Hold Up, Hold Up… Firing Squads are Still a Thing?!?

Shooting Squad

And here’s a post on Utah’s proposal for firing squads and a greater conversation of capital punishment, because you weren’t depressed enough on this Tuesday.

 

 

The “retro” fad has been all the rage of late. Everything old is becoming new once again. Like musicians releasing their new albums on vinyl. Or guys in their 20’s wearing suspenders, because I can only assume a concept of a belt eludes them.

 

Hipster in Suspenders

“What you’re too good for a belt!?”

 

 

But Utah may be taking this whole retro thing a step too far…

 

Last Friday the Utah passed a hotly contested proposal to resurrect the use of firing squads as a form of capital punishment. In a 39 to 34 vote their House passed the proposal and now will be sent to the Senate for review. If the proposal were to pass the Senate, Utah would be the second state in the US – the other being Oklahoma – that would allow a death row inmate to be executed by firing squad and would only be used if they could not attain lethal injection drugs 30 days before an execution. The use of firing squads was voted out by lawmakers back in 2004.

 

Ok. There is so much crazy in those last 100 or so words, I think it would be best to break it up into pieces.

 

 

“Last Friday the Utah passed a hotly contested proposal to resurrect the use of firing squads as a form of capital punishment.”      

 

If your first reaction to reading that was, “oh God that’s still a thing?!” Then congrats, have some solace in that you’re not alone, because that sounds FUCKING HORRIFYING TO US TOO!

 

 

“In a 39 to 34 vote their House passed the proposal and now will be sent to the Senate for review.”

 

The bill comes from Republican state representative Paul Ray, who’s the bill’s sponsor, claims that a team of trained marksmen is more humane than drawn out deaths through botched lethal injections. You have to remember the keyword there is “botched lethal injections.” So if we were to ask ourselves what would better than a botched lethal injection?

 

The answer would be ANYTHING! Literally anything would be better than a botched lethal injection! Much like if gas station sushi were next to a Subway footlong, you would choose the Subway footlong, but that doesn’t necessarily mean eating it isn’t cruel and unusual punishment.

 

 

“If the proposal were to pass the Senate, Utah would be the second state in the US – the other being Oklahoma – that would allow a death row inmate to be executed by firing squad”

 

Yeah that’s right, Oklahoma offers inmates execution by firing squad if lethal injection or electrocution are ever to be found unconstitutional! Just a basic rule of thumb. If you are on a list of states that includes Oklahoma and that list has nothing to do with either the Oklahoma City Thunder or BBQ, then you probably fucked up.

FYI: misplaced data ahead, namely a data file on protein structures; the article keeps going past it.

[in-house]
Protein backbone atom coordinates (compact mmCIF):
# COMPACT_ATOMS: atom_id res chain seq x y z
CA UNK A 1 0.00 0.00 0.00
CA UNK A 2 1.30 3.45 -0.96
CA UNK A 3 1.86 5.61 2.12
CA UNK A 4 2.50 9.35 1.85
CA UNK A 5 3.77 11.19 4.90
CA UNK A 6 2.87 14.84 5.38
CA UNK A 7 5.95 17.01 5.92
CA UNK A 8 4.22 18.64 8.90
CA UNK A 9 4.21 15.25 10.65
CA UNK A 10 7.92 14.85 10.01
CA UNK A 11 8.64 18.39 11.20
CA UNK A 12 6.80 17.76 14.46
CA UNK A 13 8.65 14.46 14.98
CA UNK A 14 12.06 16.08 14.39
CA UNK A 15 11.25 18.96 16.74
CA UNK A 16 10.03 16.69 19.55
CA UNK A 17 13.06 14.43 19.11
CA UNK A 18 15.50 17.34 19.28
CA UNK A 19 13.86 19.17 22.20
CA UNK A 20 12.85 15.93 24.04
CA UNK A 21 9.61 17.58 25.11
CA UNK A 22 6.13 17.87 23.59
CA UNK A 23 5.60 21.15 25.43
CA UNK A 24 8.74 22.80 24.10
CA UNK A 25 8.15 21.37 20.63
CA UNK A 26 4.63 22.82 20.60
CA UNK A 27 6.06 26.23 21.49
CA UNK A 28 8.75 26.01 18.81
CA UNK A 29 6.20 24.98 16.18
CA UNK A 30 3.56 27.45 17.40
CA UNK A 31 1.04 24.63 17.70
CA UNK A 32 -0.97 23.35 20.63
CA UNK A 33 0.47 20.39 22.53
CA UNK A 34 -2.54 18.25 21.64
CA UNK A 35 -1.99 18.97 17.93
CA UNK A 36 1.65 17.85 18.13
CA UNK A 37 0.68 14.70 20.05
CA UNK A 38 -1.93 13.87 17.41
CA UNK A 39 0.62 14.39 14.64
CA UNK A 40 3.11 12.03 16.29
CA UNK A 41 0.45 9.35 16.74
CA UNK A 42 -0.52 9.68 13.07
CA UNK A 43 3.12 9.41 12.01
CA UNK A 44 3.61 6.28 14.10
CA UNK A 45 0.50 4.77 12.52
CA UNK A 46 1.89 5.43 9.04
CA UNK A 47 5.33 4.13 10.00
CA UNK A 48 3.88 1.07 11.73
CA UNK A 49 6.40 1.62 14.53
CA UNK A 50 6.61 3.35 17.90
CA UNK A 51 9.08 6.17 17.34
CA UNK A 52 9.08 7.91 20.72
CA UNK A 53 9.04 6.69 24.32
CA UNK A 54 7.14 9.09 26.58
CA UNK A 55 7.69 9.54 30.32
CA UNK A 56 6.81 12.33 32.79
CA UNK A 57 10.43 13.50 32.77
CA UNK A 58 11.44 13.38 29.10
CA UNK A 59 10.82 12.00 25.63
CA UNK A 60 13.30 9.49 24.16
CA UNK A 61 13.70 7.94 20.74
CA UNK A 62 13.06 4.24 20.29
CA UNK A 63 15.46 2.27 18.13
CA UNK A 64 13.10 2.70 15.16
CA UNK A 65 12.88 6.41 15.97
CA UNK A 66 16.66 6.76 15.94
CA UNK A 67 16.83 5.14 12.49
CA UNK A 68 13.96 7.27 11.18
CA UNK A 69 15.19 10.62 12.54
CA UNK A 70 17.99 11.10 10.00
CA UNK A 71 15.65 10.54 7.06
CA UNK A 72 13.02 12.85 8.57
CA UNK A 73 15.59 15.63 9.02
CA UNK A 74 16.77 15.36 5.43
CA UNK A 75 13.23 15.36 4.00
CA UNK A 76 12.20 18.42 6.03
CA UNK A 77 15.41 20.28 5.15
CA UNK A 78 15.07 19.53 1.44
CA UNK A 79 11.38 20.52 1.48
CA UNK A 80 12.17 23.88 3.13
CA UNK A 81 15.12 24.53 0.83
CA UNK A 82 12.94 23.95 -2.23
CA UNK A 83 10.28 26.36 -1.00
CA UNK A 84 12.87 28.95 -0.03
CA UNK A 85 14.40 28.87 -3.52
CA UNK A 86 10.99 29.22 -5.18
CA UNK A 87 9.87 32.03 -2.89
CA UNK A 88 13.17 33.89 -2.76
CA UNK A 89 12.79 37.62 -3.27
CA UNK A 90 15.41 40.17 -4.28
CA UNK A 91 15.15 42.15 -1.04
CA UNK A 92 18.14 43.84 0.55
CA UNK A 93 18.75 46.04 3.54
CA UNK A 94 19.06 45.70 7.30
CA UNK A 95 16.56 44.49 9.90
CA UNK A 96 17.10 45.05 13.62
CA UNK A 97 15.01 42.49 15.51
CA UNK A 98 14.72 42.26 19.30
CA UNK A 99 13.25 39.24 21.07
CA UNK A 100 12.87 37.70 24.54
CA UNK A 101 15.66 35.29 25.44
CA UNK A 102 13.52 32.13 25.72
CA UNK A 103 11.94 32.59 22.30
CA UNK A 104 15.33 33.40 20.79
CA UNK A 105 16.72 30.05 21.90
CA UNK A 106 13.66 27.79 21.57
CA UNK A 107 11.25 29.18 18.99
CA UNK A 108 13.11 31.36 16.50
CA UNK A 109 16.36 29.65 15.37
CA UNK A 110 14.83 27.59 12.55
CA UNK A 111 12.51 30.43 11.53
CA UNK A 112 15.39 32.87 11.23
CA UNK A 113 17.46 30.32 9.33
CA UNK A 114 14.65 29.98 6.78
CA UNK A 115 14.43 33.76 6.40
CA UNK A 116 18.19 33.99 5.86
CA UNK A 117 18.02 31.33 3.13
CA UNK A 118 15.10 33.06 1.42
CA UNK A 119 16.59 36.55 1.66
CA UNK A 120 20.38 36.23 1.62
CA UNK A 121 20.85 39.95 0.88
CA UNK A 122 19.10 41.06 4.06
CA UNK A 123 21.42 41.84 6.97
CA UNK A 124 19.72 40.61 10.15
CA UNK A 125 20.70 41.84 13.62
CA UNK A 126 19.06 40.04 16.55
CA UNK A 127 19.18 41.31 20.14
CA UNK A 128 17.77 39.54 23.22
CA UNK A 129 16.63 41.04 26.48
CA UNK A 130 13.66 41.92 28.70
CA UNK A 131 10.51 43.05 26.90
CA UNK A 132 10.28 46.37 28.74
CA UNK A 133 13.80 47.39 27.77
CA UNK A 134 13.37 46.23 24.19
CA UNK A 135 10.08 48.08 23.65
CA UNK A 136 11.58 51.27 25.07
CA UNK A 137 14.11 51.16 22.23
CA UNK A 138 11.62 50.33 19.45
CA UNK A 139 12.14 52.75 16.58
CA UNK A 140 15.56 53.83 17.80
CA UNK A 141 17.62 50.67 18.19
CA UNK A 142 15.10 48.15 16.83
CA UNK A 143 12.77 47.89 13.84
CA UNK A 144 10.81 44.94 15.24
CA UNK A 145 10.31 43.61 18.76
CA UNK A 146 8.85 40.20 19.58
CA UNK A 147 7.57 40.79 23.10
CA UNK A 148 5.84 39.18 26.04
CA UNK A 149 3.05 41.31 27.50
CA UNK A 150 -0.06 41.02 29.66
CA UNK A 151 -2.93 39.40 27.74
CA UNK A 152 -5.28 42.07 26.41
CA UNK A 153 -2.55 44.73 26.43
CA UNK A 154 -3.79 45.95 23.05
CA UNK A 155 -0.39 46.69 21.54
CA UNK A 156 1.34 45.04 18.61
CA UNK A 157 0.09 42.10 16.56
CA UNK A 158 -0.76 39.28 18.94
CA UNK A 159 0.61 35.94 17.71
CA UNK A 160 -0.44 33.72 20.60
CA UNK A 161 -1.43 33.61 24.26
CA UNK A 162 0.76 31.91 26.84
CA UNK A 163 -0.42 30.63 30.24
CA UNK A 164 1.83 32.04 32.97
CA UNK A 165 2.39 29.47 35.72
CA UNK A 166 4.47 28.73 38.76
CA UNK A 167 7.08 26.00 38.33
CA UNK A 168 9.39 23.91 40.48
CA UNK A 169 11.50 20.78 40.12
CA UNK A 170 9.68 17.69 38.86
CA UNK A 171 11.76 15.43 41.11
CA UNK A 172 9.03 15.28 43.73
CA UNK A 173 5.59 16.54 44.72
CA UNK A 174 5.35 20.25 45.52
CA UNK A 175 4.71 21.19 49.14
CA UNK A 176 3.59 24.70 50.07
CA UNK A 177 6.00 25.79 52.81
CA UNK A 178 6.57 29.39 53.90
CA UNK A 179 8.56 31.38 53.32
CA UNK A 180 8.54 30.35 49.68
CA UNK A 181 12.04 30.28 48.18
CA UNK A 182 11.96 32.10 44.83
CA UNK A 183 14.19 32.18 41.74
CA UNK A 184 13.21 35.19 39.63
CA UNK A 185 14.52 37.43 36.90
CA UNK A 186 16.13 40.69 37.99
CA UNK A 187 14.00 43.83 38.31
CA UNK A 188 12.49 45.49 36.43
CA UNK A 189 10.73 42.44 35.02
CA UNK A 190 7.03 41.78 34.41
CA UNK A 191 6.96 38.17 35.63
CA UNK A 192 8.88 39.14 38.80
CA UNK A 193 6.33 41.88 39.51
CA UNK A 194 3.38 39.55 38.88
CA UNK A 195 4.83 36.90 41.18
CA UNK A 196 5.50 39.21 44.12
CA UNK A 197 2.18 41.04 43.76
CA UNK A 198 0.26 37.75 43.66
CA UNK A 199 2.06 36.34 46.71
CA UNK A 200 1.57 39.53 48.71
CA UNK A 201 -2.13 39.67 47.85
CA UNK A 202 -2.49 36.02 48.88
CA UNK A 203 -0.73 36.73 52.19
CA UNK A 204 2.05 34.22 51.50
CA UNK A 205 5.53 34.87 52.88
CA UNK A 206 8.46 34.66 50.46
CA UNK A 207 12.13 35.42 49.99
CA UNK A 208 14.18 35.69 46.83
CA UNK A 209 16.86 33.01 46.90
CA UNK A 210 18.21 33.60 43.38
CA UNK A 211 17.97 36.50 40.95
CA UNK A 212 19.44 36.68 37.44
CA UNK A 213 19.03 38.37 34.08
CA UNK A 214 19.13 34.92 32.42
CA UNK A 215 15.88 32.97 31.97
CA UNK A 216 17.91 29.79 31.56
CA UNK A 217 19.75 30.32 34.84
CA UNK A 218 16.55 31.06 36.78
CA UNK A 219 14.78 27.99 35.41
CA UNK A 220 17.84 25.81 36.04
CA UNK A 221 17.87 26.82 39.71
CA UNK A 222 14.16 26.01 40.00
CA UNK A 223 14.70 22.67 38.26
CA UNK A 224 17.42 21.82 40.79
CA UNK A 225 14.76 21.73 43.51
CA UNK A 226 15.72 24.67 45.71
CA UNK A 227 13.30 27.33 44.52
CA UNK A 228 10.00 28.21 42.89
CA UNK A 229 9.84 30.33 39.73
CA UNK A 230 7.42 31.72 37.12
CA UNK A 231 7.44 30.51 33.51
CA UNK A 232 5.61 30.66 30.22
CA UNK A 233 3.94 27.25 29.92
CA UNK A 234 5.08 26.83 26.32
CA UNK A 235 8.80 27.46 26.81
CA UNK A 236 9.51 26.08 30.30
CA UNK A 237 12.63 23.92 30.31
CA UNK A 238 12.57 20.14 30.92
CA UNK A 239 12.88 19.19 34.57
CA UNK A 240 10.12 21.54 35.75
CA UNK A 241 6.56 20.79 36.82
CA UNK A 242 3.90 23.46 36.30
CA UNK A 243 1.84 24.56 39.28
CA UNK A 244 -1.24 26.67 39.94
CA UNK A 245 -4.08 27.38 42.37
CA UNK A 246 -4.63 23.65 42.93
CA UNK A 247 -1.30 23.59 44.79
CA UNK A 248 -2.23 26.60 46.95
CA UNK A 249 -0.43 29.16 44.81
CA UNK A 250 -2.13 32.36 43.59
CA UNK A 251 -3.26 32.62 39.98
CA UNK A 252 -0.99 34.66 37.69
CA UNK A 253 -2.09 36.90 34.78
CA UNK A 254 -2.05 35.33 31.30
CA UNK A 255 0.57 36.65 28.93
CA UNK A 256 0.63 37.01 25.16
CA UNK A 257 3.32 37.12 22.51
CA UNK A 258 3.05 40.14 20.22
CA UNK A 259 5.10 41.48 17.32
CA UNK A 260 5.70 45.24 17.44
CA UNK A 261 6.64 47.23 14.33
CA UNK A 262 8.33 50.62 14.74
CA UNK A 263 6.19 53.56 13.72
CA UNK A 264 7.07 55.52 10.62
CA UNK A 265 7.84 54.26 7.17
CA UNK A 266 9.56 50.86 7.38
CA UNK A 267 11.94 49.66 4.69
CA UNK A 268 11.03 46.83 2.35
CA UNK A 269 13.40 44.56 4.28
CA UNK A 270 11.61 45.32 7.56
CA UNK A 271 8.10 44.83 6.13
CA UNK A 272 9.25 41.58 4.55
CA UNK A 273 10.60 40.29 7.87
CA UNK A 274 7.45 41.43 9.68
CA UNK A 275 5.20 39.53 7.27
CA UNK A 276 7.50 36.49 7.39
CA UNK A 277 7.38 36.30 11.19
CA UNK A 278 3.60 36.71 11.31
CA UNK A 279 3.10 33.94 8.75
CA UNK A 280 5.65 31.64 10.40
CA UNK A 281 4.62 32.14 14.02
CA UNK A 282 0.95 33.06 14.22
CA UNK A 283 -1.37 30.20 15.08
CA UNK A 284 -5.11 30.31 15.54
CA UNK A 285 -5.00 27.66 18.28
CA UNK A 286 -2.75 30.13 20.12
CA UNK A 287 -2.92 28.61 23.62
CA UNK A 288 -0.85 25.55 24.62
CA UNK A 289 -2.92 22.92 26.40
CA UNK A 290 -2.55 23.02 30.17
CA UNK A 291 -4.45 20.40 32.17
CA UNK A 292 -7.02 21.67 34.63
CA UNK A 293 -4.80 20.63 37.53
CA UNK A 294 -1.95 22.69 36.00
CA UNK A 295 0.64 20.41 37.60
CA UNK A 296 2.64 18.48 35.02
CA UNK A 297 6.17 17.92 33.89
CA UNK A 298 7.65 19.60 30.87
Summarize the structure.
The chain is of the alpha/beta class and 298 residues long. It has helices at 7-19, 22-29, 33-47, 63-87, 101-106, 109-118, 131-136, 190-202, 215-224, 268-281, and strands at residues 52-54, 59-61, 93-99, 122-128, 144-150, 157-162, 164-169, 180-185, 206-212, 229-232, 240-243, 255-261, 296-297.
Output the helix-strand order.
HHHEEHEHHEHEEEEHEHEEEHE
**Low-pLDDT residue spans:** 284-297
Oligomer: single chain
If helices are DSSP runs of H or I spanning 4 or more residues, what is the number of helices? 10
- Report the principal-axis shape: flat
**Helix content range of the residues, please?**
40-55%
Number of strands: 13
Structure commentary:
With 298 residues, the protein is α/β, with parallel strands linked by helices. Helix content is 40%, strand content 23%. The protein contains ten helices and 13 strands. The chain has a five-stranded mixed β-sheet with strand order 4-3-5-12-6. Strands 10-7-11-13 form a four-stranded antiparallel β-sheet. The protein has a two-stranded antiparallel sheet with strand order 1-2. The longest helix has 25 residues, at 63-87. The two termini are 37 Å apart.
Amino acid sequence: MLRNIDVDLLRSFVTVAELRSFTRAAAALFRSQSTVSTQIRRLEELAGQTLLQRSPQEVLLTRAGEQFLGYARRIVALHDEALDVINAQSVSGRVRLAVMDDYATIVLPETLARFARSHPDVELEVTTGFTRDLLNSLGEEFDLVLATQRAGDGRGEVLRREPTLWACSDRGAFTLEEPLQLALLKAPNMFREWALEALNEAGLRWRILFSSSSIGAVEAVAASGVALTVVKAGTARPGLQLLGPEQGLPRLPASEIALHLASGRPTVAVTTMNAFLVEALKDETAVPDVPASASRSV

“would only be used if they could not attain lethal injection drugs 30 days before an execution”

 

The reason the idea of firing squads has come back into the national conversation has less to about the actual act and more to do with the availability of the drugs that pertain to lethal injections. Sodium thiopental – the anesthetic that is used in the three-part cocktail of a lethal injection – has been in short supply since last year when an Italian manufacturer stopped making the drug. This has caused many states to look into other methods of capital punishment, such as electrocution or – in this case – firing squad.

 

The problem here is the logic of trying to figure out other ways to perform capital punishment instead of re-thinking the whole idea just seems a little flawed, as this Simpson’s joke aptly sums it up.

 

 

When your primary argument, as nuanced as the death penalty, can be summed up by a cartoon caricature of a 10-year-old bully, you may want to rethink your stance.

 

 

“The use of firing squads was voted out by lawmakers back in 2004.”

 

And finally we get to the crux of the argument. In 2014, there was an alarming number of botched lethal injections – along with the sodium thiopental shortage – that had people wondering about alternatives be it firing squad or getting rid of it completely.

 

Also it isn’t like firing squad is that much more humane. Just ask Wallace Wilkerson. He was executed via firing squad in 1879, the only problem is they missed his heart. It took him 27 minutes to bleed out and die…

 

When it comes it capital punishment, there are no easy answers. But it’s good that we’re having a conversation about it never the less…

 

 

And finally here is a tumblr of awkward stock photos, because I think we all need to decompress after that conversation.

 

 

(Photo Credits: Amnesty International, Google Images)

 

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